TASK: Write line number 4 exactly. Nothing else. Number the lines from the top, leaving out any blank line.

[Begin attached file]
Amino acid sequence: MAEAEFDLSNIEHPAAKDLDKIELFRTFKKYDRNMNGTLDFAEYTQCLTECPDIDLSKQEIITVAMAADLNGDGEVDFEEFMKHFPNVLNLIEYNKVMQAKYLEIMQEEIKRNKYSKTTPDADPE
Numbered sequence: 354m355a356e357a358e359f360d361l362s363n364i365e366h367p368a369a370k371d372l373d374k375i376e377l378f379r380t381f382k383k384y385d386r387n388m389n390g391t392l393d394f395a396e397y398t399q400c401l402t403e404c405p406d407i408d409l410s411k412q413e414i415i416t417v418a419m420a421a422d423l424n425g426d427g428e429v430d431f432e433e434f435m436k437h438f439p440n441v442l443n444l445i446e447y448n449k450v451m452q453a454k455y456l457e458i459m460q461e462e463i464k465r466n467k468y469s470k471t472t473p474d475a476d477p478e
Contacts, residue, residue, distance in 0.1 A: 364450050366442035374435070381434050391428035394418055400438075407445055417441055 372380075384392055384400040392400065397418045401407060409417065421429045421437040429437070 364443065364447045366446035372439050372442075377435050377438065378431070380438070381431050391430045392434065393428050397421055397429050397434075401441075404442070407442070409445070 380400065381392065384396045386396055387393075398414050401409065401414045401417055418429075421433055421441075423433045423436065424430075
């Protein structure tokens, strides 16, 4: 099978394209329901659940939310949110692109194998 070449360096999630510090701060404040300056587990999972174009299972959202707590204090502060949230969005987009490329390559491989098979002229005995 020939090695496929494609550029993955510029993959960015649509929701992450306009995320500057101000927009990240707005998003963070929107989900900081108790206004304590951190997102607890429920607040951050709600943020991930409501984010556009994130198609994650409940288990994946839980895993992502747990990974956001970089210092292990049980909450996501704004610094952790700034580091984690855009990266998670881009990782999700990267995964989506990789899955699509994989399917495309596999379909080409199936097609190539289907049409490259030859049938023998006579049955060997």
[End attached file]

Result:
């Protein structure tokens, strides 16, 4: 099978394209329901659940939310949110692109194998 070449360096999630510090701060404040300056587990999972174009299972959202707590204090502060949230969005987009490329390559491989098979002229005995 020939090695496929494609550029993955510029993959960015649509929701992450306009995320500057101000927009990240707005998003963070929107989900900081108790206004304590951190997102607890429920607040951050709600943020991930409501984010556009994130198609994650409940288990994946839980895993992502747990990974956001970089210092292990049980909450996501704004610094952790700034580091984690855009990266998670881009990782999700990267995964989506990789899955699509994989399917495309596999379909080409199936097609190539289907049409490259030859049938023998006579049955060997």